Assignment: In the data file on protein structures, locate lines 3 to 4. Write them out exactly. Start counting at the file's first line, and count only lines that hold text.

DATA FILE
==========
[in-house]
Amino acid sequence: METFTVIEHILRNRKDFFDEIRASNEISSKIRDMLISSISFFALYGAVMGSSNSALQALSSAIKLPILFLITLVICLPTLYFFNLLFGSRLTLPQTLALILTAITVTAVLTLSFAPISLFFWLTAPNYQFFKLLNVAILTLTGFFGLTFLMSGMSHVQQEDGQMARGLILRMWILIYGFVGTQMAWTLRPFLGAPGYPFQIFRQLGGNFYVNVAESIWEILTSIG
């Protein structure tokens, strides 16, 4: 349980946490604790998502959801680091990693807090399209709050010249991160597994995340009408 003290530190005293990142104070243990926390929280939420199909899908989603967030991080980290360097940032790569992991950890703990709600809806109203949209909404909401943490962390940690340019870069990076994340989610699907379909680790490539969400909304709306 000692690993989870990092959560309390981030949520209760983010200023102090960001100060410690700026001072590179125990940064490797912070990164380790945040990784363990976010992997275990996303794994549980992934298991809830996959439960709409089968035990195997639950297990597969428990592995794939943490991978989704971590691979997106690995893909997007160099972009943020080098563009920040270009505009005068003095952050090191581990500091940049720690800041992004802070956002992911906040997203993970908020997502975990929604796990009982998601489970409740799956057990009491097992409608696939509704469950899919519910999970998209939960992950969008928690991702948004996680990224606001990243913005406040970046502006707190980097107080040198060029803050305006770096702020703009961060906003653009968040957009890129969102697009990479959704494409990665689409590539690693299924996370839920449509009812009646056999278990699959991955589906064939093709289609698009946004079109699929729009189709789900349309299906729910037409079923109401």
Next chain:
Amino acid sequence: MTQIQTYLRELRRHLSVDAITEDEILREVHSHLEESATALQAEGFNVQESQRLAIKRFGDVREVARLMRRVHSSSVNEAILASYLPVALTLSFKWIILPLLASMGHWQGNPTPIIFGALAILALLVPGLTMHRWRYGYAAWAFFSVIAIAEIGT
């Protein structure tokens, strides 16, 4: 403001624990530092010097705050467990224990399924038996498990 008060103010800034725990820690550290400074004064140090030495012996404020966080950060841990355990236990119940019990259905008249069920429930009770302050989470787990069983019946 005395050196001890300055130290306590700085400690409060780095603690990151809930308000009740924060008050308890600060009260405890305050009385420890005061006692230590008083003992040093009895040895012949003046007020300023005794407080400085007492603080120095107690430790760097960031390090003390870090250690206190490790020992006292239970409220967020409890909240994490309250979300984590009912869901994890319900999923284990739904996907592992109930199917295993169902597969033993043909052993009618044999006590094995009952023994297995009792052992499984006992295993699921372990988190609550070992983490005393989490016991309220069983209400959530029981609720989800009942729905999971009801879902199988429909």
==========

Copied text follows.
């Protein structure tokens, strides 16, 4: 349980946490604790998502959801680091990693807090399209709050010249991160597994995340009408 003290530190005293990142104070243990926390929280939420199909899908989603967030991080980290360097940032790569992991950890703990709600809806109203949209909404909401943490962390940690340019870069990076994340989610699907379909680790490539969400909304709306 000692690993989870990092959560309390981030949520209760983010200023102090960001100060410690700026001072590179125990940064490797912070990164380790945040990784363990976010992997275990996303794994549980992934298991809830996959439960709409089968035990195997639950297990597969428990592995794939943490991978989704971590691979997106690995893909997007160099972009943020080098563009920040270009505009005068003095952050090191581990500091940049720690800041992004802070956002992911906040997203993970908020997502975990929604796990009982998601489970409740799956057990009491097992409608696939509704469950899919519910999970998209939960992950969008928690991702948004996680990224606001990243913005406040970046502006707190980097107080040198060029803050305006770096702020703009961060906003653009968040957009890129969102697009990479959704494409990665689409590539690693299924996370839920449509009812009646056999278990699959991955589906064939093709289609698009946004079109699929729009189709789900349309299906729910037409079923109401």
Next chain: